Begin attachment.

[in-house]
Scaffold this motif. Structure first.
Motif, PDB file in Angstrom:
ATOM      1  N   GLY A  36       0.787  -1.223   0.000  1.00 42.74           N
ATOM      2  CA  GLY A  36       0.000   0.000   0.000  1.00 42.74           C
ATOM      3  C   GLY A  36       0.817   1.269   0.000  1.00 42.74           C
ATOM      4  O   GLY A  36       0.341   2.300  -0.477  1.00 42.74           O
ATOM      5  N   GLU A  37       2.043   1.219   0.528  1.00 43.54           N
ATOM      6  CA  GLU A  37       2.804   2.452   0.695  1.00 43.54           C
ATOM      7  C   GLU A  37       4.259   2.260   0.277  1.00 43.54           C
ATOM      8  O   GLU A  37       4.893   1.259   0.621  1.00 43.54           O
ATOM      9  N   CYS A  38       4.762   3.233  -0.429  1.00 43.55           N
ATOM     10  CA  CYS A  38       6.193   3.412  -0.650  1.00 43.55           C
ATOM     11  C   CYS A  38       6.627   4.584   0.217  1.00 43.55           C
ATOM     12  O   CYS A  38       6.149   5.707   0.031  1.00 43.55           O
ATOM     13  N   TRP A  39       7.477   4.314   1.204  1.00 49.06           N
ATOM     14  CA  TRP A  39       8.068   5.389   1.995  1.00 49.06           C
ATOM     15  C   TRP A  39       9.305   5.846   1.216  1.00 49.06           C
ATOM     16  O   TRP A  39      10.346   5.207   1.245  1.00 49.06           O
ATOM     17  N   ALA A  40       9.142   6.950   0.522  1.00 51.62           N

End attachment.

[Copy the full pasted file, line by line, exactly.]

[in-house]
Scaffold this motif. Structure first.
Motif, PDB file in Angstrom:
ATOM      1  N   GLY A  36       0.787  -1.223   0.000  1.00 42.74           N
ATOM      2  CA  GLY A  36       0.000   0.000   0.000  1.00 42.74           C
ATOM      3  C   GLY A  36       0.817   1.269   0.000  1.00 42.74           C
ATOM      4  O   GLY A  36       0.341   2.300  -0.477  1.00 42.74           O
ATOM      5  N   GLU A  37       2.043   1.219   0.528  1.00 43.54           N
ATOM      6  CA  GLU A  37       2.804   2.452   0.695  1.00 43.54           C
ATOM      7  C   GLU A  37       4.259   2.260   0.277  1.00 43.54           C
ATOM      8  O   GLU A  37       4.893   1.259   0.621  1.00 43.54           O
ATOM      9  N   CYS A  38       4.762   3.233  -0.429  1.00 43.55           N
ATOM     10  CA  CYS A  38       6.193   3.412  -0.650  1.00 43.55           C
ATOM     11  C   CYS A  38       6.627   4.584   0.217  1.00 43.55           C
ATOM     12  O   CYS A  38       6.149   5.707   0.031  1.00 43.55           O
ATOM     13  N   TRP A  39       7.477   4.314   1.204  1.00 49.06           N
ATOM     14  CA  TRP A  39       8.068   5.389   1.995  1.00 49.06           C
ATOM     15  C   TRP A  39       9.305   5.846   1.216  1.00 49.06           C
ATOM     16  O   TRP A  39      10.346   5.207   1.245  1.00 49.06           O
ATOM     17  N   ALA A  40       9.142   6.950   0.522  1.00 51.62           N